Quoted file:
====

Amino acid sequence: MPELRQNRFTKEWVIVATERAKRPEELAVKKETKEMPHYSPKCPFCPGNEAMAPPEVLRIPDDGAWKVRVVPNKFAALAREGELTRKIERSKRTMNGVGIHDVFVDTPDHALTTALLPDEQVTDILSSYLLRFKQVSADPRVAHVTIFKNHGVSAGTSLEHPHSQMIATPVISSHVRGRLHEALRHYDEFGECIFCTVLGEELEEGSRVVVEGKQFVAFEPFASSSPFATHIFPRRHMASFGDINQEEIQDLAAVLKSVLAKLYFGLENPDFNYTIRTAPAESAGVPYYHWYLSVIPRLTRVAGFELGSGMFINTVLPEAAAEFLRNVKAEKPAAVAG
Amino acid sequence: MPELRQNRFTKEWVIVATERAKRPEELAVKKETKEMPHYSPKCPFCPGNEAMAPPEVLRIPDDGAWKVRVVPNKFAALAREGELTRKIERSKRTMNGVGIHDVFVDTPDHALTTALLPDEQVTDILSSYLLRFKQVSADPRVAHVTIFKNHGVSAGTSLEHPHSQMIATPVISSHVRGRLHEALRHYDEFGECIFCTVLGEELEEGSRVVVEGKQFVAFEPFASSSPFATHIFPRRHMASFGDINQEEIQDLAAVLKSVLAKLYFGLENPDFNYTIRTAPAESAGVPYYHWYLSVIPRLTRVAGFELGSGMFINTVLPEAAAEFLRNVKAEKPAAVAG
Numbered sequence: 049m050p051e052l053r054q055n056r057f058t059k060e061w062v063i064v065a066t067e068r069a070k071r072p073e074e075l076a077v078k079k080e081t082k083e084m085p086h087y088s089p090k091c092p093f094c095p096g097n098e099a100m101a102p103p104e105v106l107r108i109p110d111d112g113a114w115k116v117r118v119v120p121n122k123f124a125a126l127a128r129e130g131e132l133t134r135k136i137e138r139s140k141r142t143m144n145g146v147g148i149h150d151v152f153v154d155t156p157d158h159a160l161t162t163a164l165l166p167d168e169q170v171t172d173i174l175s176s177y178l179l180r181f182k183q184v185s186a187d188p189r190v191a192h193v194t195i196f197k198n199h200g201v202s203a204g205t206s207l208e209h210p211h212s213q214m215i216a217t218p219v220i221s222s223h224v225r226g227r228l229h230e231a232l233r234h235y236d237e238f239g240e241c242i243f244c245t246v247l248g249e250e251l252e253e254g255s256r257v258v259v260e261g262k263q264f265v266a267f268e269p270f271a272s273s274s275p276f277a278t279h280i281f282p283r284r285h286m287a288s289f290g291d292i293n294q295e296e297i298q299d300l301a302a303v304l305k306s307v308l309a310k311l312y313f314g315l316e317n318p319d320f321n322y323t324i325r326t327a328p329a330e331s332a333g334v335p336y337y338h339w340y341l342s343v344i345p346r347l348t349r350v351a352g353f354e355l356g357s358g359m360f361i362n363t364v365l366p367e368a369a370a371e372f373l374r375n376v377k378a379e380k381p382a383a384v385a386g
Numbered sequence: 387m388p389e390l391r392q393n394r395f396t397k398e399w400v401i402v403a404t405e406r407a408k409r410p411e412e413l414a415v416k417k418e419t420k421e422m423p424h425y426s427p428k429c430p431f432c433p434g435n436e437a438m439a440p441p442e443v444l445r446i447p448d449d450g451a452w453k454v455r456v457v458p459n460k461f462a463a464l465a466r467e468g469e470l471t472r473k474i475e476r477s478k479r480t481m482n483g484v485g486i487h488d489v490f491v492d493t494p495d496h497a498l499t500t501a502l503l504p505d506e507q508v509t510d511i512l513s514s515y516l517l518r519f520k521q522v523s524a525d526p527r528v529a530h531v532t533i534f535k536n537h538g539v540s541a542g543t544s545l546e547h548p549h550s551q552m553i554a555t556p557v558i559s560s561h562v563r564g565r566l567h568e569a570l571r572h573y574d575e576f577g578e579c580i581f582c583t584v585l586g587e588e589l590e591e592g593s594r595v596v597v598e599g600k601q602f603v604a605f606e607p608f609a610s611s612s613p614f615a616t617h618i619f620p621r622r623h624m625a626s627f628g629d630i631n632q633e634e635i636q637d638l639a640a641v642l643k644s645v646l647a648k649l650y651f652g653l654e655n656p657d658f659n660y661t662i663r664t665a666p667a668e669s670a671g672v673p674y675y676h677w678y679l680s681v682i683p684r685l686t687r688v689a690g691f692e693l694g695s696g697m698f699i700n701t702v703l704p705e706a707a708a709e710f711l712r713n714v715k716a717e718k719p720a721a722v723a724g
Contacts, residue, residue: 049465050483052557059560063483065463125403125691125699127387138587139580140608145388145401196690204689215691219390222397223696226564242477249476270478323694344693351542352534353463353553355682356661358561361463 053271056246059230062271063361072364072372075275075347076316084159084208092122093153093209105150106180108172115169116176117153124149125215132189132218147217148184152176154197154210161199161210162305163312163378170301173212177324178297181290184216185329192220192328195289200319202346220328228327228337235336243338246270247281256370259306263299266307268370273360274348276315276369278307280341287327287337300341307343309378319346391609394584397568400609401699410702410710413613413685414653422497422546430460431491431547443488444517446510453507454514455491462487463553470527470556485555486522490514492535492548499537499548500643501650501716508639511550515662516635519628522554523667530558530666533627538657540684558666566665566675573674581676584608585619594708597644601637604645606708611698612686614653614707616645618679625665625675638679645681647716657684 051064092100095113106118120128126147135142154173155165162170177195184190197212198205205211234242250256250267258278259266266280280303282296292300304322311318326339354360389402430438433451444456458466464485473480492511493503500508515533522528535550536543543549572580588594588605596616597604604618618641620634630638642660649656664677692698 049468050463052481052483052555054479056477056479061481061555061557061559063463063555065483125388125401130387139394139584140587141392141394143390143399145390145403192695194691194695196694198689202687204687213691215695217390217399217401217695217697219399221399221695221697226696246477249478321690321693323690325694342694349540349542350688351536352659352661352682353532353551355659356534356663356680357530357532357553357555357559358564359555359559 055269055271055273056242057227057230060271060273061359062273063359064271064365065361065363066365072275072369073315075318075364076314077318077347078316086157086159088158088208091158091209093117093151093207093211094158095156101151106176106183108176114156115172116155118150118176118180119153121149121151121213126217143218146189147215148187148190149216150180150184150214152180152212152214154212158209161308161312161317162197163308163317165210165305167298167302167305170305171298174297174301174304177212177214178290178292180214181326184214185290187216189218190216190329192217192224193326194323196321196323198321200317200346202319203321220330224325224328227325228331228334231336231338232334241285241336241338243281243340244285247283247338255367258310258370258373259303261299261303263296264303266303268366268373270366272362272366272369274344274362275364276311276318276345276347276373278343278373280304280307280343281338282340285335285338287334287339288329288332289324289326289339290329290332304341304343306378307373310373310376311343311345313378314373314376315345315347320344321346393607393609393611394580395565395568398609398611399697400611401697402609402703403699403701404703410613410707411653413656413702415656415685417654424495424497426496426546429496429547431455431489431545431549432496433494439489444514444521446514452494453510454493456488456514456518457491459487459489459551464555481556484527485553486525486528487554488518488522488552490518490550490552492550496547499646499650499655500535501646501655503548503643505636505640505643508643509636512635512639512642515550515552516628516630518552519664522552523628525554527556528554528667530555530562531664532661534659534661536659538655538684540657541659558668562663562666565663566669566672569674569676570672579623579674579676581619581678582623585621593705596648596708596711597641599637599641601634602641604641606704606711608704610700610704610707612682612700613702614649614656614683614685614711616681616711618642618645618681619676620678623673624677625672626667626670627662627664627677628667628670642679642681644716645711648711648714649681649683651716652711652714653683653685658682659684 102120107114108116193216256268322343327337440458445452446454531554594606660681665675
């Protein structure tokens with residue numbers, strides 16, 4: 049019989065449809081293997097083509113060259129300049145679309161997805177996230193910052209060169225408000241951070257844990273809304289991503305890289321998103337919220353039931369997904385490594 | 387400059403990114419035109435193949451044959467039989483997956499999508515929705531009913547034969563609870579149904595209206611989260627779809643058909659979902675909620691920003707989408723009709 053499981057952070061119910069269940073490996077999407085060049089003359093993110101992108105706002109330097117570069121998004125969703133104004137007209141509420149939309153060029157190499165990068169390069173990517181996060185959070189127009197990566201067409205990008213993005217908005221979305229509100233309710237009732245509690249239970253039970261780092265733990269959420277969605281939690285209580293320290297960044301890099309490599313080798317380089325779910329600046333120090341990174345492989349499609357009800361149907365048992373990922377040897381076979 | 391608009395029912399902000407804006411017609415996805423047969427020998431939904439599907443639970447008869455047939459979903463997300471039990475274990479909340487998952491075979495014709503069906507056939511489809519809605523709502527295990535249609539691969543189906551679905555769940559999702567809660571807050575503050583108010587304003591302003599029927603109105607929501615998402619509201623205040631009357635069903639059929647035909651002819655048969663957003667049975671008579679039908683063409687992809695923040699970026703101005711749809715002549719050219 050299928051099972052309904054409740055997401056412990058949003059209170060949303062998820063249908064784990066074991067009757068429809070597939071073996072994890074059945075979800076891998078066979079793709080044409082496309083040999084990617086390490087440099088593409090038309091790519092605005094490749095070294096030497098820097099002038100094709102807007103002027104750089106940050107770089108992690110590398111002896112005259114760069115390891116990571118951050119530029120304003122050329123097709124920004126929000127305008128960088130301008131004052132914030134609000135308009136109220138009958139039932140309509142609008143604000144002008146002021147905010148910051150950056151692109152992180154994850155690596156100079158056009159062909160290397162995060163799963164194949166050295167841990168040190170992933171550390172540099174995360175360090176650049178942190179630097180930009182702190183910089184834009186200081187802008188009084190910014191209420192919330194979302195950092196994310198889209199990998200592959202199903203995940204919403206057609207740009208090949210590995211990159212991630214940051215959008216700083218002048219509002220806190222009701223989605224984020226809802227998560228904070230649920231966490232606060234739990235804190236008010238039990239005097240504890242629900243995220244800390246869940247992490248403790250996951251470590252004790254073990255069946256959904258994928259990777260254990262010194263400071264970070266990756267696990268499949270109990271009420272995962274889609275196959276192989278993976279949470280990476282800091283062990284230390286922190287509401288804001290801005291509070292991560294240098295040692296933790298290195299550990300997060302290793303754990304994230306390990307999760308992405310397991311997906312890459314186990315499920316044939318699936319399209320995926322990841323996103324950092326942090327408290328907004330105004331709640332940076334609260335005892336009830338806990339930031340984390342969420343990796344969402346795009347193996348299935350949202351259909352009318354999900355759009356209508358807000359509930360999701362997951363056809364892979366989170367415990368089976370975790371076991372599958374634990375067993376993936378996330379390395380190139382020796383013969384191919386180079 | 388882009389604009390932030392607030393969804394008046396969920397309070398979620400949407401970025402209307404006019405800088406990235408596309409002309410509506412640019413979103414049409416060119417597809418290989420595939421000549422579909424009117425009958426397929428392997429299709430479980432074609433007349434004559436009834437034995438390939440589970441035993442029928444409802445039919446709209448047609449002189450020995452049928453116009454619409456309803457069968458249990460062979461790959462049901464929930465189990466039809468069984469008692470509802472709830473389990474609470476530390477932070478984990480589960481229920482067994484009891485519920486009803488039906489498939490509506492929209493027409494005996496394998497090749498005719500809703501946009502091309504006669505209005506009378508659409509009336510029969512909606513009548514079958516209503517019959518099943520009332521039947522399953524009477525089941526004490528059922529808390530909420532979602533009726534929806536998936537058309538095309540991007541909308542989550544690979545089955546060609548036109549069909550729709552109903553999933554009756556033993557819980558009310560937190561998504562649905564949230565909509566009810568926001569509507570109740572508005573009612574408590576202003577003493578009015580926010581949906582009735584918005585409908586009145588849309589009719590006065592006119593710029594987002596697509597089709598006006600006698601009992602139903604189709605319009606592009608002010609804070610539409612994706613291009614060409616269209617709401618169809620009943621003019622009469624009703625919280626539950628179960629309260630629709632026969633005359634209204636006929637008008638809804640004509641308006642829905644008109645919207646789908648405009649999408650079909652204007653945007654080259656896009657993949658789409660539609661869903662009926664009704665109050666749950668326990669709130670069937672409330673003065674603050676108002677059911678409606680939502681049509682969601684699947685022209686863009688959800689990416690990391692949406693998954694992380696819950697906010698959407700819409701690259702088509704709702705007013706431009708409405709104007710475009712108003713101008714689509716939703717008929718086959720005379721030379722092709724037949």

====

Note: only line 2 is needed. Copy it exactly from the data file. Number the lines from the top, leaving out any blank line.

Amino acid sequence: MPELRQNRFTKEWVIVATERAKRPEELAVKKETKEMPHYSPKCPFCPGNEAMAPPEVLRIPDDGAWKVRVVPNKFAALAREGELTRKIERSKRTMNGVGIHDVFVDTPDHALTTALLPDEQVTDILSSYLLRFKQVSADPRVAHVTIFKNHGVSAGTSLEHPHSQMIATPVISSHVRGRLHEALRHYDEFGECIFCTVLGEELEEGSRVVVEGKQFVAFEPFASSSPFATHIFPRRHMASFGDINQEEIQDLAAVLKSVLAKLYFGLENPDFNYTIRTAPAESAGVPYYHWYLSVIPRLTRVAGFELGSGMFINTVLPEAAAEFLRNVKAEKPAAVAG